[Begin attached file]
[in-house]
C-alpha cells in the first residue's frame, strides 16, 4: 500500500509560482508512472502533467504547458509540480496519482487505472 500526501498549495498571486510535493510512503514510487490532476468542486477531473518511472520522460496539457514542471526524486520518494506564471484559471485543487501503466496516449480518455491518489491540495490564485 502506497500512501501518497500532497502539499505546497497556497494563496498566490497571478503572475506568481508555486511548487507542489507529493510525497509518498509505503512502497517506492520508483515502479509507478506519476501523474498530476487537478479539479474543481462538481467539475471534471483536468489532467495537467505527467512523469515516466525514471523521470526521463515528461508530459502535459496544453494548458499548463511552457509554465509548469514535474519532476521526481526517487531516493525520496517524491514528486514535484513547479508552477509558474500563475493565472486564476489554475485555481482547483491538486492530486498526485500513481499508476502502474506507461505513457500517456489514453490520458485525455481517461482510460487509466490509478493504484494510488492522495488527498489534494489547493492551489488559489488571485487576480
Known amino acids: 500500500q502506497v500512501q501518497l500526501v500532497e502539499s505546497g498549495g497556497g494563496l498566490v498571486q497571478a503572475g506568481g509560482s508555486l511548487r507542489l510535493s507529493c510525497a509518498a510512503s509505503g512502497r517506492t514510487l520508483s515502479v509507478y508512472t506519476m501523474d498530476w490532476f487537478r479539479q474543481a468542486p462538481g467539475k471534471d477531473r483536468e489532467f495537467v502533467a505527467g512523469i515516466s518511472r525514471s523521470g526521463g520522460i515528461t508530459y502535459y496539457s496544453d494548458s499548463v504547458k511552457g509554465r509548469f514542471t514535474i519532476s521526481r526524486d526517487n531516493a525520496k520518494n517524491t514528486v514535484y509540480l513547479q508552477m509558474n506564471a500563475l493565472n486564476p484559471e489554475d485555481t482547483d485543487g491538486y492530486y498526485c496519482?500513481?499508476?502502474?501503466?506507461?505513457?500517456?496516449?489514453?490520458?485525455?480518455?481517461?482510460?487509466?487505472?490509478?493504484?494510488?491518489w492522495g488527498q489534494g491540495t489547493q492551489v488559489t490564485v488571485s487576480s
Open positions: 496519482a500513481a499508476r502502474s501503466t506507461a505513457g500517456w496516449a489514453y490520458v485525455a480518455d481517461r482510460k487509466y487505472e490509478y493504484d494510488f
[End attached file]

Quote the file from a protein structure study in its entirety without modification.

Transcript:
[in-house]
C-alpha cells in the first residue's frame, strides 16, 4: 500500500509560482508512472502533467504547458509540480496519482487505472 500526501498549495498571486510535493510512503514510487490532476468542486477531473518511472520522460496539457514542471526524486520518494506564471484559471485543487501503466496516449480518455491518489491540495490564485 502506497500512501501518497500532497502539499505546497497556497494563496498566490497571478503572475506568481508555486511548487507542489507529493510525497509518498509505503512502497517506492520508483515502479509507478506519476501523474498530476487537478479539479474543481462538481467539475471534471483536468489532467495537467505527467512523469515516466525514471523521470526521463515528461508530459502535459496544453494548458499548463511552457509554465509548469514535474519532476521526481526517487531516493525520496517524491514528486514535484513547479508552477509558474500563475493565472486564476489554475485555481482547483491538486492530486498526485500513481499508476502502474506507461505513457500517456489514453490520458485525455481517461482510460487509466490509478493504484494510488492522495488527498489534494489547493492551489488559489488571485487576480
Known amino acids: 500500500q502506497v500512501q501518497l500526501v500532497e502539499s505546497g498549495g497556497g494563496l498566490v498571486q497571478a503572475g506568481g509560482s508555486l511548487r507542489l510535493s507529493c510525497a509518498a510512503s509505503g512502497r517506492t514510487l520508483s515502479v509507478y508512472t506519476m501523474d498530476w490532476f487537478r479539479q474543481a468542486p462538481g467539475k471534471d477531473r483536468e489532467f495537467v502533467a505527467g512523469i515516466s518511472r525514471s523521470g526521463g520522460i515528461t508530459y502535459y496539457s496544453d494548458s499548463v504547458k511552457g509554465r509548469f514542471t514535474i519532476s521526481r526524486d526517487n531516493a525520496k520518494n517524491t514528486v514535484y509540480l513547479q508552477m509558474n506564471a500563475l493565472n486564476p484559471e489554475d485555481t482547483d485543487g491538486y492530486y498526485c496519482?500513481?499508476?502502474?501503466?506507461?505513457?500517456?496516449?489514453?490520458?485525455?480518455?481517461?482510460?487509466?487505472?490509478?493504484?494510488?491518489w492522495g488527498q489534494g491540495t489547493q492551489v488559489t490564485v488571485s487576480s
Open positions: 496519482a500513481a499508476r502502474s501503466t506507461a505513457g500517456w496516449a489514453y490520458v485525455a480518455d481517461r482510460k487509466y487505472e490509478y493504484d494510488f